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Light Painting

Module by: Children's Museum of Houston. E-mail the author

Summary: Light painting, also known as light drawing or light graffiti, is a photographic technique in which you manipulate the shutter speed on your camera to 10-30 seconds to allow more light to be captured in your picture. The exposures are made usually at night or in a darkened room by moving a hand-held light source or by moving the camera.

Light Painting

What is light painting?

Light Painting Example
Light painting, also known as light drawing or light graffiti, is a photographic technique in which you manipulate the shutter speed on your camera to allow more light to be captured in your picture. The exposures are made usually at night or in a darkened room by moving a hand-held light source or by moving the camera.

Here are some suggested materials:

  • Digital camera with a long exposure shutter setting
  • Light sources such as flashlights, light pens, LED circuits, toys with lights, glowsticks, etc.
  • Dark area for taking pictures (outside at night or a dark room)
  • Tripod
  • A partner to help you
  • Optional: props or objects that create a scene for your picture such as a bike, chair, drinking glass or vase

How to paint with light:

  1. Find a dark location to take your light painting pictures.
    1. If you are going to shoot inside – make sure that this is a space that is relatively dark. Set up everything first, then when ready turn off lights to take photo.
    2. If you are going to shoot outside - make sure that you are not doing this under a street light, or where a car can come by and "paint” its headlight all over your shot.
  2. Set up a scene for the light painting pictures.
    1. Literal representation - In a dark location, place prop(s) on a table and paint it's contour. You can use several colors to make a strong effect or to draw different parts or even imaginary parts of your object(s).
    2. Abstract representation – Using an outside location, find a prop such as a car or telephone booth that is less lit by ambient light. Use the ambient light to capture the background, while painting the object and surrounding area with light. This is a great way to create a surreal scene.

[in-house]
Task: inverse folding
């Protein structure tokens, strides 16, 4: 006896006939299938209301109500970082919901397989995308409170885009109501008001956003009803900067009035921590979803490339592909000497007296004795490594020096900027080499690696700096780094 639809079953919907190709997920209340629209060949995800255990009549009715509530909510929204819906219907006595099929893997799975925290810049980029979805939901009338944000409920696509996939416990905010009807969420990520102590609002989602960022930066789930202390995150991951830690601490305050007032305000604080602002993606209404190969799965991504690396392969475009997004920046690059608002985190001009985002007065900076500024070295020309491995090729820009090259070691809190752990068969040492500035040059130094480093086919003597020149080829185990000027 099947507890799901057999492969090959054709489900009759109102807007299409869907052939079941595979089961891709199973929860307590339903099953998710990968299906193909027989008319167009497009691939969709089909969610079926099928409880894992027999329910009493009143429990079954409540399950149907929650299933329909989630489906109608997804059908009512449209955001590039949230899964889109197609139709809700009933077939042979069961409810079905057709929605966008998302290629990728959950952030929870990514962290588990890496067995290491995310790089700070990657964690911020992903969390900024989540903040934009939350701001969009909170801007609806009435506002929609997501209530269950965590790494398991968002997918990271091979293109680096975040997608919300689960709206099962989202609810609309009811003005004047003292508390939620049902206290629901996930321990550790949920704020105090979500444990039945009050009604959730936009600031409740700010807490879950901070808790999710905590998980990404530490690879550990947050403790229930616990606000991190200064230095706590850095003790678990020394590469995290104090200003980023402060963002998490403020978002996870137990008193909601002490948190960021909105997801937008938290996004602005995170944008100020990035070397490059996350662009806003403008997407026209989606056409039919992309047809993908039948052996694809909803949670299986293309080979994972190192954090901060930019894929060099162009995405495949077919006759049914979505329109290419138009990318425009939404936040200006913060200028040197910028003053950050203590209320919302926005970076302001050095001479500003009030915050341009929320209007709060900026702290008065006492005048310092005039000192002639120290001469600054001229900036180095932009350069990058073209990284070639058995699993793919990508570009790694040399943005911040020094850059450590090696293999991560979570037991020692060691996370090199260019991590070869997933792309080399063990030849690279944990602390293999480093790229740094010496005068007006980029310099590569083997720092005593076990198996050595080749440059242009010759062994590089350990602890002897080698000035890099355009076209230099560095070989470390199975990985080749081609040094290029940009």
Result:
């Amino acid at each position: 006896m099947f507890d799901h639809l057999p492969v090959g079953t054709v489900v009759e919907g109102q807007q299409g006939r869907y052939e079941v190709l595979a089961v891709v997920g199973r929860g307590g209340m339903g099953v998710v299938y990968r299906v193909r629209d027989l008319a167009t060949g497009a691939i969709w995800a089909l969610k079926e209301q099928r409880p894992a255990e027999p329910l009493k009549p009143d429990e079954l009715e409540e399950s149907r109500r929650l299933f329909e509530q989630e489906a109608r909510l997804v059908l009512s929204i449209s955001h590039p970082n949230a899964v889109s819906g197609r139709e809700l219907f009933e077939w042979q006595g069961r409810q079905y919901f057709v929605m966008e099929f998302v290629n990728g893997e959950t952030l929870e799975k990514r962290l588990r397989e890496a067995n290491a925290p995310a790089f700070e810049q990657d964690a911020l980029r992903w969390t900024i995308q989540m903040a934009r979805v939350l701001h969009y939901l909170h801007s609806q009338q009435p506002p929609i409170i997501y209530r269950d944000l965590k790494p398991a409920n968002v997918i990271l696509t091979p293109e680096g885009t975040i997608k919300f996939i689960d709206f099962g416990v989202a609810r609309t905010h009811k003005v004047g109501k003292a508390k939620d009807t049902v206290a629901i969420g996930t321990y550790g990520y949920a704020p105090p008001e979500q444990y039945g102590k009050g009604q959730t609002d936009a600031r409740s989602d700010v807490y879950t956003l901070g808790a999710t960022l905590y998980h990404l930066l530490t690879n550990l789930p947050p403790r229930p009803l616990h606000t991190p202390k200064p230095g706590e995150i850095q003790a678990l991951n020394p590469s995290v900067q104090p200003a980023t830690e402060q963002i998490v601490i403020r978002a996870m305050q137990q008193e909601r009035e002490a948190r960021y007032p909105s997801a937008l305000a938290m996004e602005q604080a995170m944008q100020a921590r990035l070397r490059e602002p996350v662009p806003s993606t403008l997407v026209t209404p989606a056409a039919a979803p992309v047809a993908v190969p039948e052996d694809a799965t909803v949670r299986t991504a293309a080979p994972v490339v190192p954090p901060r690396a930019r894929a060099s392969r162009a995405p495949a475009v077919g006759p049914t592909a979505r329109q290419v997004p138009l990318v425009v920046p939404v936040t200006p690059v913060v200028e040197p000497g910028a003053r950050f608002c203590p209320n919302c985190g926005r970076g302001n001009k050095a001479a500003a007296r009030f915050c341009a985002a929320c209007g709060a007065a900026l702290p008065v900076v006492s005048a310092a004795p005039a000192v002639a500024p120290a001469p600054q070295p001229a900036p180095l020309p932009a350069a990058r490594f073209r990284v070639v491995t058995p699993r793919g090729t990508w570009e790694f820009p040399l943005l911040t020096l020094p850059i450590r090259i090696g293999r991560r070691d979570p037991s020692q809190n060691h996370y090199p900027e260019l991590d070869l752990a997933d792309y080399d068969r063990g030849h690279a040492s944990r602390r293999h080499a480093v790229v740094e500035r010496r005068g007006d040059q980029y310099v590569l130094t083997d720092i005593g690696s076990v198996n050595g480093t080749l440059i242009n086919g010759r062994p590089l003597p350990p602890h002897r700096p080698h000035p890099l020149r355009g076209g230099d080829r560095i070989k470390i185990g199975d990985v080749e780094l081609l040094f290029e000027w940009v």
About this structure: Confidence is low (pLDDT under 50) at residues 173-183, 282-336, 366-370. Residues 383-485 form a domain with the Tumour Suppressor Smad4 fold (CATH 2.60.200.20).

3. Environmental Graffiti – Using a wall or thin air, you can write a message to a certain someone or a general statement to a given audience.
  3. Set up your camera for a long exposure shutter setting.
    1. For the best results, you should use a tripod when taking pictures. Set your camera on the tripod and take a sample shot with a flash or lights on. This will help you verify that your composition is good.
    2. Set the exposure to a relatively long value. The exposure on your camera should be set somewhere between 10 and 30 seconds, but can be as long as you need to get the effect you want. Many digital cameras are capable of taking a ten-second or longer exposure. This is called “Shutter Priority” or “tv” setting. Your camera’s manual should explain how it works.
    3. Set the camera to iso100 and close the aperture as much as you can.
  4. Take your light painting picture.
    1. Once the shutter is open, use your light sources to "paint" your light picture. Use flashlights as a brush and "smear" the light, or use the light as a pen and do precise work. Areas where you go slowly will be more lit than others. Be careful not to linger too much over the same spot.
  5. Inspect your image and make corrections.
  6. Print your light painting picture.

Other resources:

Check out these Light Painters:

  • Gjon Mili’s Picasso Light Painting
  • Julien Breton
  • Sola
  • Toby Keller
  • Taylor Pemberton
  • Joerg Miedza & JanLeonardo Woellert (Lapp Pro)
  • Twin Cities Brightest (TCB)
  • Cenci Goepel & Jens Warnecke (Lightmark Light Painting)

Websites to check out:

http://www.thecoolist.com/light-graffiti-10-masters-of-light-painting-photography/

http://digital-photography-school.com/tips-on-how-to-light-paint-video-tutorial

Check out youtube videos for examples of chain reactions others have created. Search: “light painting” or "light graffiti” or any of the artists listed above.
Light Painting

Copyright ©2010 Children’s Museum of Houston. All rights reserved.

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